The British Hospitality Association has warned of a severe shortage of staff to fill vacancies in our industry and anticipates that Britain's departure from the EU will only exacerbate the problem. Of course, we don't yet know whether any EU migrants will be obliged to leave once the Brexit negotiations are complete, but even if they can stay, as many of us hope and expect, we still lack sufficient British workers choosing to come into the catering trade.
Why is this? Are there good reasons why people born in the UK tend to snub opportunities to work as waiters, chefs and housekeepers, while visitors from abroad snap them up? I'm afraid the root of this may be cultural, and it is to our shame.
Throughout my school years we had it drummed into us that we needed to pass exams to get a decent job - ideally, something 'professional' that had perceived status. Where I went to school in Portsmouth we had one bloke who was laughably called the careers master and whose dingy office every boy had to report to just once. On my visit, he asked whether I wanted to join the army, the navy or the Royal Air Force. None of those, I replied. He gave me the leaflets anyway and that was the end of the conversation. Soon afterwards I was serving behind the bar at Pontins holiday camp in Bracklesham Bay and the fun phase of my life had started.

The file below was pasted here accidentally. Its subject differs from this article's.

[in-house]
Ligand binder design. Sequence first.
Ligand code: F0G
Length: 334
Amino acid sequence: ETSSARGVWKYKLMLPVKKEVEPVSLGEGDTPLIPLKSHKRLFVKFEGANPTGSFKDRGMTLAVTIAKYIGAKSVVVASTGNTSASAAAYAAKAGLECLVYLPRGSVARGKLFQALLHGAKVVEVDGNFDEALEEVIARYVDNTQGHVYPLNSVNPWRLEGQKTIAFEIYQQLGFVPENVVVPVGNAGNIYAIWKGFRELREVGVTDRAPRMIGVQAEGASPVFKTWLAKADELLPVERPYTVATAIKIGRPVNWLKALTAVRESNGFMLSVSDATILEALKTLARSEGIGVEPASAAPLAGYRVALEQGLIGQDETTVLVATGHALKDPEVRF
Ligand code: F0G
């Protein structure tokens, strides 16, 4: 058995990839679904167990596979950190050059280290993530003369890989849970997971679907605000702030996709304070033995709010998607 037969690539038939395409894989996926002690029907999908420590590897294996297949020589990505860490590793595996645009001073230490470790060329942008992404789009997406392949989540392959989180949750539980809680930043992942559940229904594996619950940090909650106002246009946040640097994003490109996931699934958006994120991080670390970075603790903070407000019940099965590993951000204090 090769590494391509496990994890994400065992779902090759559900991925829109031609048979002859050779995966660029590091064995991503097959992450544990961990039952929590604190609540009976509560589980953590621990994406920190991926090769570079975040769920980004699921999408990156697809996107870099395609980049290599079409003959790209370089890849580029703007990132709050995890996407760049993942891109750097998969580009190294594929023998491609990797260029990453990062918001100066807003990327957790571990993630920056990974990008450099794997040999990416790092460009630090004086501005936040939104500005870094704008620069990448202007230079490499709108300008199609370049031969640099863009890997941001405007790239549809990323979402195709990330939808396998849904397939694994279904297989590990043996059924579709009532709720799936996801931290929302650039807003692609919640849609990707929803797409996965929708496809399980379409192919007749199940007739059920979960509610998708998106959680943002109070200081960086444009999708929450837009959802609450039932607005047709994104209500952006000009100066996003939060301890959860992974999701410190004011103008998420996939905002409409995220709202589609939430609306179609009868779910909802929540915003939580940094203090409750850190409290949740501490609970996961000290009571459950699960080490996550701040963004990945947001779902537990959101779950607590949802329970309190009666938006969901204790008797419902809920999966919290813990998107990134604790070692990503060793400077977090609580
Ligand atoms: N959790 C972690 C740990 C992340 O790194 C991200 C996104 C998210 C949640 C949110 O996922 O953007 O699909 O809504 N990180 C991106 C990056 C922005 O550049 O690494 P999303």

Even my daughters, who are in their twenties, encountered bias from their teachers, who gave the impression that the only careers worth having were those requiring academic qualifications. Serving in a café is what you do while looking for a 'proper' job.
Much is being done to correct this fat-headed approach. The BHA's own Big Conversation in conjunction with Springboard is a good example, as is the Gold Service Scholarship Award, now in its sixth year. But we have a mountain to climb in terms of showing parents and teachers that careers in hospitality can be enjoyable and, if you're any good, rewarding, with chances to progress rapidly into management.
Perhaps the biggest hurdle is the perception of servility. In fact, the only people who look and feel uncomfortable when serving the public are those who lack the personality to do it well. I expect they watch someone like Fred Sirieix on First Dates and think he's not serving at all. But, as we all know, he is: he's just doing it the right way.
Peter Hancock is chief executive of Pride of Britain Hotels